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Research Group Cellular Signal Transduction
(Tumor-Stroma signaling)

 -PI: Prof. Dr. Matthias Lauth-

Pancreatic cancer

Pancreatic ductal adenocarcinoma (PDAC) exhibits the poorest prognosis of all solid tumors, with a median survival of 6 months and steadily increasing incidence rates in the industrialized world. This malignancy is projected to become the second leading cause of cancer death by 2030 in the US. Clinical diagnosis is often delayed due to the relatively unspecific clinical symptoms such as back pain, loss of appetite, loss of weight and new onset of diabetes, and thus early diagnosis is rare.

Upon diagnosis, >80% of patients have either locally advanced disease or distant metastases, mostly to the liver, that render surgical intervention impossible. 15-20% of patients can be resected with complete removal of the pancreatic tumor, however, local or distant recurrence is often observed within the first 2 years after operation. Systemic chemotherapy is the only treatment option for patients with advanced, metastatic PDAC. Most patients that present with advanced disease die within 12 months of diagnosis since many of them have chemorefractory disease, making the development of novel therapeutic approaches mandatory.

Histologically, PDAC is characterized by a dense stromal architecture with massive extracellular matrix (ECM) deposition, rendering this tumor entity as one of the most stroma-rich solid tumor types (see figure 1 for example).

Figure 1: Tissue section of a normal pancreas (left) and of pancreatic cancer (right). Note the prominent stroma reaction in the cancer tissue.
Image: M. Lauth

Figure 1: Tissue section of a normal pancreas (left) and of pancreatic cancer (right). Note the prominent stroma reaction in the cancer tissue.

The vast ECM deposition (Collagens, Fibronectin, Hyaluronic acid, etc.) results in a significant tissue stiffening promoting the aggressiveness of pancreatic tumors. The tumor cell-centric view of previous decades has probably contributed to the lack of significant progress in successful drug development for pancreatic cancer. It is now undisputed that the stroma is a defining feature of this disease, regulating central processes such as tumor growth, vascularization, drug responsiveness and metastasis. As such, the tumor microenvironment (TME) itself has become a target of today’s drug development efforts and is the subject of the research activities of our group.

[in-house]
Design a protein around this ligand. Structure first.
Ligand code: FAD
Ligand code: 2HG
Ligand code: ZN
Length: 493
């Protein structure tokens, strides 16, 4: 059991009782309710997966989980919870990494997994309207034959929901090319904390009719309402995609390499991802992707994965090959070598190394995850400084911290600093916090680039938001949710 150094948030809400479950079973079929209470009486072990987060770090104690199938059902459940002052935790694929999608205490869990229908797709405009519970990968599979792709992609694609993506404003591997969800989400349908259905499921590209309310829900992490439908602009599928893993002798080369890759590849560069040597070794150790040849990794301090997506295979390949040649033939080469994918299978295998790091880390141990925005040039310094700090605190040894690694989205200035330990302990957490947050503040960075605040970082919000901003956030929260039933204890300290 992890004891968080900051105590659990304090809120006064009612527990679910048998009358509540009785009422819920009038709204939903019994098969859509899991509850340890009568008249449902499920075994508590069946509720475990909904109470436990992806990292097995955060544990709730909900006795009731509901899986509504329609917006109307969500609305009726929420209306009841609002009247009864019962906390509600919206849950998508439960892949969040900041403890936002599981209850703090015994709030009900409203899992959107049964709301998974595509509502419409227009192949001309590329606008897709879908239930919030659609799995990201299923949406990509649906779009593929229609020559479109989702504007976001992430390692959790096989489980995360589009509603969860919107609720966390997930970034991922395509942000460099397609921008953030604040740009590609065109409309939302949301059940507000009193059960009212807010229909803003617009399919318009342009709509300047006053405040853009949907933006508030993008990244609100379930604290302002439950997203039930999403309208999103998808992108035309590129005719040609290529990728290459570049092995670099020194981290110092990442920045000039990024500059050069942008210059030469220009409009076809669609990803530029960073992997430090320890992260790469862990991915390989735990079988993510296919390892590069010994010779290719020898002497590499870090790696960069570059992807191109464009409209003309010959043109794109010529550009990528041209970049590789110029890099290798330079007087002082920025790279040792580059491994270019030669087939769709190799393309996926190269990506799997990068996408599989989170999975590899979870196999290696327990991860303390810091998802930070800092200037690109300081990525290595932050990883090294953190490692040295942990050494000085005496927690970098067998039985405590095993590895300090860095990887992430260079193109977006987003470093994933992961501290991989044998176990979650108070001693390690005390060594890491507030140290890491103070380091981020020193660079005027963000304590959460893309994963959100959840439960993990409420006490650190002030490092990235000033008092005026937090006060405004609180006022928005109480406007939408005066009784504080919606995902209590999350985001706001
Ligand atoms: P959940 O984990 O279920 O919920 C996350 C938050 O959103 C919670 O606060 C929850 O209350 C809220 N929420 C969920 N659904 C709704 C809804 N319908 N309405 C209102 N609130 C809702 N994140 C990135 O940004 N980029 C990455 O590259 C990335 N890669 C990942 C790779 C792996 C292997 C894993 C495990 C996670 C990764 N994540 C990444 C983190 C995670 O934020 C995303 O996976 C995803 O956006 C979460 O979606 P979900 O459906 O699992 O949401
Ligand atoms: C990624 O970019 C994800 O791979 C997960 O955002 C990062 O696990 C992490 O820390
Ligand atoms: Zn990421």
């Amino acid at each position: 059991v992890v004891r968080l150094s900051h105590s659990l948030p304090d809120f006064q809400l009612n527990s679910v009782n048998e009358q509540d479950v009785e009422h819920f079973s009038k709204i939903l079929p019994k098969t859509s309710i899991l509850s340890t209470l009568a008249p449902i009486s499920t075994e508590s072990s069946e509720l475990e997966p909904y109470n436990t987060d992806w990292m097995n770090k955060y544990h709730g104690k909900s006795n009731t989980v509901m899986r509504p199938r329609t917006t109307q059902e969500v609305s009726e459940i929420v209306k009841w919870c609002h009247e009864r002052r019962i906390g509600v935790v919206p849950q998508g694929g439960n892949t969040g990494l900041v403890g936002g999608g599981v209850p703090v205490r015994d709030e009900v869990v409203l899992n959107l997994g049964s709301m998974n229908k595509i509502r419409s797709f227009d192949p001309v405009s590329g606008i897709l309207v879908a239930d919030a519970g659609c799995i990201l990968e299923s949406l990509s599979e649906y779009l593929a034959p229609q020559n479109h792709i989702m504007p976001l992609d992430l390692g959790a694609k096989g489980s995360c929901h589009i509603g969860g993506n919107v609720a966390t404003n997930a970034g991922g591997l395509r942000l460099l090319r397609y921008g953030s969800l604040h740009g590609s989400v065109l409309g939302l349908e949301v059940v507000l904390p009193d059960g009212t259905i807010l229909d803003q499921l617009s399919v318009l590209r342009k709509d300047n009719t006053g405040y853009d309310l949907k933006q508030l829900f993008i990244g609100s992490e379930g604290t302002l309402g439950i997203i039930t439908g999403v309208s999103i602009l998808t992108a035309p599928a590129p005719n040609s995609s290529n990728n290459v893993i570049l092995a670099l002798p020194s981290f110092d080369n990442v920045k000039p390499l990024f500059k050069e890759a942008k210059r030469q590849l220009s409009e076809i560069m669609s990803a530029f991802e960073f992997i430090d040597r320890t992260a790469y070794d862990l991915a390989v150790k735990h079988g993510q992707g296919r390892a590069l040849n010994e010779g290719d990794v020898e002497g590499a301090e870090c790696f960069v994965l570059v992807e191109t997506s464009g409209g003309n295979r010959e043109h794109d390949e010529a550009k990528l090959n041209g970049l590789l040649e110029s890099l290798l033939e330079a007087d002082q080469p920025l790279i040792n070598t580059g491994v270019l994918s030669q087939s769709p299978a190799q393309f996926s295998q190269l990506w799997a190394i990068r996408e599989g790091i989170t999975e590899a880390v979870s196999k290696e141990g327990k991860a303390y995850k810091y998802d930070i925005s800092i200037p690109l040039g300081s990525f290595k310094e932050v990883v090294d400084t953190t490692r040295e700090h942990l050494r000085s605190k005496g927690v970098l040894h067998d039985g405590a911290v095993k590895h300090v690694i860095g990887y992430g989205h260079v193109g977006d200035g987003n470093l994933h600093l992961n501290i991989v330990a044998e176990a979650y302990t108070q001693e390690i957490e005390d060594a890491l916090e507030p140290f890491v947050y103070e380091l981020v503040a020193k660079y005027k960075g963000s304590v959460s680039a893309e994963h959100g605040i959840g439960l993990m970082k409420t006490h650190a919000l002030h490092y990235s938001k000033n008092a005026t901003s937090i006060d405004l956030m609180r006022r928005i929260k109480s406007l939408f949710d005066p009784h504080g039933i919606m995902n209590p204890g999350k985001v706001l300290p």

Tumor-stroma interactions in pancreatic cancer

In pancreatic cancer, tumor cells secrete a wide variety of signaling molecules which act on surrounding normal cells of mesenchymal or immune origin (see figure 2 for illustration). One subpopulation of mesenchymal cells (the cancer-associated fibroblasts; CAFs) is for instance responsible for the outspoken desmoplastic histologic appearance of PDAC, which results in fibrosis and tissue stiffening. Other subpopulations orchestrate the interaction with cells of the immune system, leading to a significant local immune evasion observed in this disease.

schema crosstalk
Image: M. Lauth

Figure 2: Schematic diagram depicting the cross-talk between tumor cells and the microenvironment. This crosstalk regulates cancer growth, chemoresistance and metastasis. CAFs = Different subpopulations of cancer-associated fibroblasts.

Our group focuses on the crosstalk between tumor cells and the microenvironment and encompasses the interaction with CAFs or cells of the immune system, such as macrophages, neutrophils or different T-cell types. Moreover, also components of the extracellular matrix interact with various cells of the tumor, influencing the overall biology and complicating our understanding. At the end of the day, what we are interested in is to discover new points of attack which can be harnessed to design novel approaches to improve the therapy of patients suffering from pancreatic cancer.

 

Our activities on pancreatic cancer are part of a DFG-funded consortium on the interplay between tumor and stroma compartments: Have a look at the members and the research done within the clinical research unit 325:

https://www.uni-marburg.de/fb20/zti/kfo325